Showing now at NMWA in Washington, D.C.:
El Tendedero/The Clothesline Project: 10 November to 5 January 2018.
In this exhibition, Mexico City-based artist Mónica Mayer transforms the clothesline, a traditionally feminine object, into a tool designed to engage the community and facilitate a dialogue around women’s experience with violence—including topics such as sexual harassment, domestic violence, and trafficking. Mayer has implemented El Tendedero/The Clothesline Project in various museums and communities throughout Mexico, South America, and the United States, asking women from different economic classes, ages, and professions to respond to the statement, “As a woman, what I dislike most about my city is…” Participants write their responses on small pink ballots, which are then hung on a clothesline. The site-specific installation documents the project’s results by using content created through community outreach, inviting visitors to add their voices and experiences to the tendedero, or clothesline.
Inside the Dinner Party Studio: through 5 January 2018
This exhibit explores the creation of Judy Chicago’s monumental and radical work The Dinner Partythrough archives, documentation and film. Over the course of nearly five years and with the help of hundreds of volunteers, Chicago executed one of the most iconic artworks of the 20th century, confronting the erasure of women from history using elaborate research, craft and presentation. The extraordinary complexity of The Dinner Party’s process is illustrated through test objects, designs, documentation and revealing behind-the-scenes footage shot by filmmaker Johanna Demetrakas. From nascent ideas in a sketch book to test plates and a textile template, visitors will see the historic record of this unique creation process.
Magnetic Fields: through 21 January 2018
Featuring work by twenty-one artists born between 1891 and 1981, Magnetic Fields places abstract works by multiple generations of black women artists in context with one another—and within the larger history of abstract art—for the first time. Evocative prints, unconventional sculptures, and monumental paintings reveal the artists’ role as under-recognized leaders in abstraction.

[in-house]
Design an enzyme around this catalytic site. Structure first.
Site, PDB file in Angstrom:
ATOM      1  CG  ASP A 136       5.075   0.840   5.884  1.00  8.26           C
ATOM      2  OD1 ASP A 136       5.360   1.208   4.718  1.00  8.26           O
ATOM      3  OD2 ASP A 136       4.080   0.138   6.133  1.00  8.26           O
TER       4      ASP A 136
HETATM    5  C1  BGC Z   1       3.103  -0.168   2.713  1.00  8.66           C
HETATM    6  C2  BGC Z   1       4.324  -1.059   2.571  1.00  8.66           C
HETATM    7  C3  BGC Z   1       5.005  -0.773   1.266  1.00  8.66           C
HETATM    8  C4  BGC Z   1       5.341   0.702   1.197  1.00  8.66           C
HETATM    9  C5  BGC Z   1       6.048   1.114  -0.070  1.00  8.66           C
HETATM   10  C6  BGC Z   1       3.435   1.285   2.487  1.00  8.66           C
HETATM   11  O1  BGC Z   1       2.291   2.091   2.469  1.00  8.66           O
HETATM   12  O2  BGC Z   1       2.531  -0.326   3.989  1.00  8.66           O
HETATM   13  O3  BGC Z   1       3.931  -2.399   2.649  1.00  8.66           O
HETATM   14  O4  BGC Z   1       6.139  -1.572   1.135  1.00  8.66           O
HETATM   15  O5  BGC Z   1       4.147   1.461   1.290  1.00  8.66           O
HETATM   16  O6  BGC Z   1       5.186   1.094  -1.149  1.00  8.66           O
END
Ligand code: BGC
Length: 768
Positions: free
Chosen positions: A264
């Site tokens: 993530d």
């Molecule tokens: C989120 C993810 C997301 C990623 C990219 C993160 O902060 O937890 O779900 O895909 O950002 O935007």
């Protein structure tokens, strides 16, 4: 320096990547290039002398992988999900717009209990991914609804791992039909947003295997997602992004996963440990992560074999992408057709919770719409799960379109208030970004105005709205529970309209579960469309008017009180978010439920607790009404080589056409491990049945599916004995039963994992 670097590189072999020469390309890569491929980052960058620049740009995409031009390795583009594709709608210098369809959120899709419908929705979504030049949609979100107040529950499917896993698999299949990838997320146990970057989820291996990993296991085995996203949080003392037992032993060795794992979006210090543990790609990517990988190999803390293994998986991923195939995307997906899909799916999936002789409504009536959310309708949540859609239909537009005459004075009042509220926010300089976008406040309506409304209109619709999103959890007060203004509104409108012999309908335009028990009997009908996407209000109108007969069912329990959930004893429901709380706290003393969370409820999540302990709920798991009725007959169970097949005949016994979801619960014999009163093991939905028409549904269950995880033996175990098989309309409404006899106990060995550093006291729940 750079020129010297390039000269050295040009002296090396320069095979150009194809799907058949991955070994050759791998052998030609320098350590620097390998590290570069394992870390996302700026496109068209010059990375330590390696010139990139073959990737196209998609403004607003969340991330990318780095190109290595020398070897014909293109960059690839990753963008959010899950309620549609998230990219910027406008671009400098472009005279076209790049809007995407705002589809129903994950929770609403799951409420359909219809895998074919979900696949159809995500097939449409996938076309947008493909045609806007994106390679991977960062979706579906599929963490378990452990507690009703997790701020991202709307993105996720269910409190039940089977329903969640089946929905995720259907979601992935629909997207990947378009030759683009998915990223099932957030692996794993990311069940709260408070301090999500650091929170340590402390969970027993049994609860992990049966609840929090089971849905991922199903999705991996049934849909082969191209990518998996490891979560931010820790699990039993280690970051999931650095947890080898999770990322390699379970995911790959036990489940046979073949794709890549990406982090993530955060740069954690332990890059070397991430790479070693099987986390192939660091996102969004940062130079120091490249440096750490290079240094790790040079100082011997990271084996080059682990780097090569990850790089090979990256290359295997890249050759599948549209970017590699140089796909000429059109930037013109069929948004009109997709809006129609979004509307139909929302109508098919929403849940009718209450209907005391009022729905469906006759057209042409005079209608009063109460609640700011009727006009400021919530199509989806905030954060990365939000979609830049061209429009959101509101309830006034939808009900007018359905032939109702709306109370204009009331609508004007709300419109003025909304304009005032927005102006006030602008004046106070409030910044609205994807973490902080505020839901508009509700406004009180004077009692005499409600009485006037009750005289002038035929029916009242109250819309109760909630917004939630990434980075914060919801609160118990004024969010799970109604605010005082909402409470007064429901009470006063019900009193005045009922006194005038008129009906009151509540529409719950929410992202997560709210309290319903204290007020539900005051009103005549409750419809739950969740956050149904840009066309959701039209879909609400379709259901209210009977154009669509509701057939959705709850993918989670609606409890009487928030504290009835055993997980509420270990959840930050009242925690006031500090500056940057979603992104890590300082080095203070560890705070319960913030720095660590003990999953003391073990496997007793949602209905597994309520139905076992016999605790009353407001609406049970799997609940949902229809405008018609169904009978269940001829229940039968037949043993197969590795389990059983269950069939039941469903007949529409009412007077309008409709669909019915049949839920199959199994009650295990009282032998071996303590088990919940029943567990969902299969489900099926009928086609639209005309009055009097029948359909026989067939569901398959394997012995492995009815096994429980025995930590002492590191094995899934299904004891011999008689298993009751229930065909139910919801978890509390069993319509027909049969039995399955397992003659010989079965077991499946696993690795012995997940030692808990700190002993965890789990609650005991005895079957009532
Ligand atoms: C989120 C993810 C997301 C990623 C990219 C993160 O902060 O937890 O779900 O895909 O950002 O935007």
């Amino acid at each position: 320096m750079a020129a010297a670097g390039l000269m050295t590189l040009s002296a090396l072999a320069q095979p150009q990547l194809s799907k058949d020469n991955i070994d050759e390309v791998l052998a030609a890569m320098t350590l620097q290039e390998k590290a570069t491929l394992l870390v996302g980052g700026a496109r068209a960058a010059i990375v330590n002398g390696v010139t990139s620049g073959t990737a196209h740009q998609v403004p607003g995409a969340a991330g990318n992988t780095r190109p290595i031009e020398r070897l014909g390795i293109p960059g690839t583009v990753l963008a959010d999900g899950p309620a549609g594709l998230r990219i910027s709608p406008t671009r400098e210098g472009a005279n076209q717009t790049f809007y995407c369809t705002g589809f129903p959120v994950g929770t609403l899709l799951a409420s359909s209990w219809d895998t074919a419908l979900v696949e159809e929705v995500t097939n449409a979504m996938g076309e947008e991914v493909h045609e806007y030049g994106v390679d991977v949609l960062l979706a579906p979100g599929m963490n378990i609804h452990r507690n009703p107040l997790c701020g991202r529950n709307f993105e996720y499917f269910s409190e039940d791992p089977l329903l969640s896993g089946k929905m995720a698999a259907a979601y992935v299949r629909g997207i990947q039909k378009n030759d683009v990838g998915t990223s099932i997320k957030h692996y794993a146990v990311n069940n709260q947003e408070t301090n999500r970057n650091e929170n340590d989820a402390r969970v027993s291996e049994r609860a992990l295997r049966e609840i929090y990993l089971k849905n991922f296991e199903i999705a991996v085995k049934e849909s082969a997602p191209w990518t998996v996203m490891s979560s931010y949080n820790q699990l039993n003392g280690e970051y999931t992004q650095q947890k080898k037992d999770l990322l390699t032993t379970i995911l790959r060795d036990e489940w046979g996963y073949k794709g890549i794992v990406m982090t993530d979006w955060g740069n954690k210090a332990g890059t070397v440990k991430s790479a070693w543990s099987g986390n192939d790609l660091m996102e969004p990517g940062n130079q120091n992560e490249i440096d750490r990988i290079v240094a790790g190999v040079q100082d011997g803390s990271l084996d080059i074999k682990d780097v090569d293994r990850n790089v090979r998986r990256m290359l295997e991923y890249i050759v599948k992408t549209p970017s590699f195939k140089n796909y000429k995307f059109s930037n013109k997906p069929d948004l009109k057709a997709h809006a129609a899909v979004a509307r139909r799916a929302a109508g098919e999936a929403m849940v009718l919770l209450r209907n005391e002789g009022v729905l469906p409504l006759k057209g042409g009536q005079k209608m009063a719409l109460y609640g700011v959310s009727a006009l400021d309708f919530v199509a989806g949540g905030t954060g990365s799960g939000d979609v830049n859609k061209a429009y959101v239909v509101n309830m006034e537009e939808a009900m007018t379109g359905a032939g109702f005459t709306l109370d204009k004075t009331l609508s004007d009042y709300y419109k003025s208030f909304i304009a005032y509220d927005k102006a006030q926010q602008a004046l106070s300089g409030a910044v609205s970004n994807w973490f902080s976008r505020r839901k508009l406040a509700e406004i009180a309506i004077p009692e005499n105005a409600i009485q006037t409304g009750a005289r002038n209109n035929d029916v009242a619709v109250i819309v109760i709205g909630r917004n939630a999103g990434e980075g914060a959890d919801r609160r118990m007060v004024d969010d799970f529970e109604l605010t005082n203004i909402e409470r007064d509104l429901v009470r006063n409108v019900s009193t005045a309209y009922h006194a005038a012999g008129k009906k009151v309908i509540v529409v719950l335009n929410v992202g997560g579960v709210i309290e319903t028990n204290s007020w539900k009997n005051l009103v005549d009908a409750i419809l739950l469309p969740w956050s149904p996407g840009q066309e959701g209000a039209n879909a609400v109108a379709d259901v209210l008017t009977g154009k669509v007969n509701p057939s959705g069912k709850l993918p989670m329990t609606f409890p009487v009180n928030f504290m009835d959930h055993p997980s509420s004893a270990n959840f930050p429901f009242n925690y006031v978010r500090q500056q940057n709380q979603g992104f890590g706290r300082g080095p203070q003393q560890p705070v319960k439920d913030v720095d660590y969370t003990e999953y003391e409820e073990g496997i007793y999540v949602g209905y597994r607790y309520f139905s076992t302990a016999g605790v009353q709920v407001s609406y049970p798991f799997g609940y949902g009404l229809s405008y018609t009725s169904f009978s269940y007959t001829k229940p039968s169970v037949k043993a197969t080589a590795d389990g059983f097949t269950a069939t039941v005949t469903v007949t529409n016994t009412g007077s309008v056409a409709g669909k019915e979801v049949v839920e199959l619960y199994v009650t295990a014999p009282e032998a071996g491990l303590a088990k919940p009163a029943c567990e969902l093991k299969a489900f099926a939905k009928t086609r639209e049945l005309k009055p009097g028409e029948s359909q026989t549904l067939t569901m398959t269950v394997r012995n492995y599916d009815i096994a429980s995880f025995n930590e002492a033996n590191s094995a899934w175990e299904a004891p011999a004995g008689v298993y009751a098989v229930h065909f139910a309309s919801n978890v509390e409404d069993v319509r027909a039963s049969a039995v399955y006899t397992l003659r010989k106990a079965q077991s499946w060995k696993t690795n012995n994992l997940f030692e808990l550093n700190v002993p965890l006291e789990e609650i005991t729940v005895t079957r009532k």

Equilibrium: Fanny Sanin: Until 29 October 2017. Equilibrium invites viewers into the rigorous working process of pioneering Colombian-born artist Fanny Sanín. Known for her colorful geometric abstract compositions, Sanín makes between four and eighteen carefully composed preliminary works for each finished painting.
Wonder Women: until 17 November 2017. From the Guerrilla Girls righting the wrongs of the art world to painter Edna Reindel’s tough WWII riveters, to vintage feminist comic books—it’s the celebration of the Wonder Women! Explore images of the powerful woman, real and fictional, in a wide-ranging selection drawn from the special collections and artists’ archives of the Betty Boyd Dettre Library and Research Center.
El Tendedero/The Clothesline Project Image: Mónica Mayer’s El Tendedero/The Clothesline Project; Photo by Yuruen Lerma
Inside the Dinner Party Studio Image: Judy Chicago and a volunteer work on a runner for The Dinner Party in the studio, 1978. Judy Chicago Visual Archive, Betty Boyd Dettre Library & Research Center, National Museum of Women in the Arts
Magnetic Fields Image: Mary Lovelace O’Neal, Racism is Like Rain, Either it’s Raining or it’s Gathering Somewhere, 1993; Acrylic and mixed media on canvas, 86 x 138 in.; Mott-Warsh Collection, Flint, Michigan; © Mary Lovelace O’Neal; Photo courtesy of the Mott-Warsh Collection, Flint, Michigan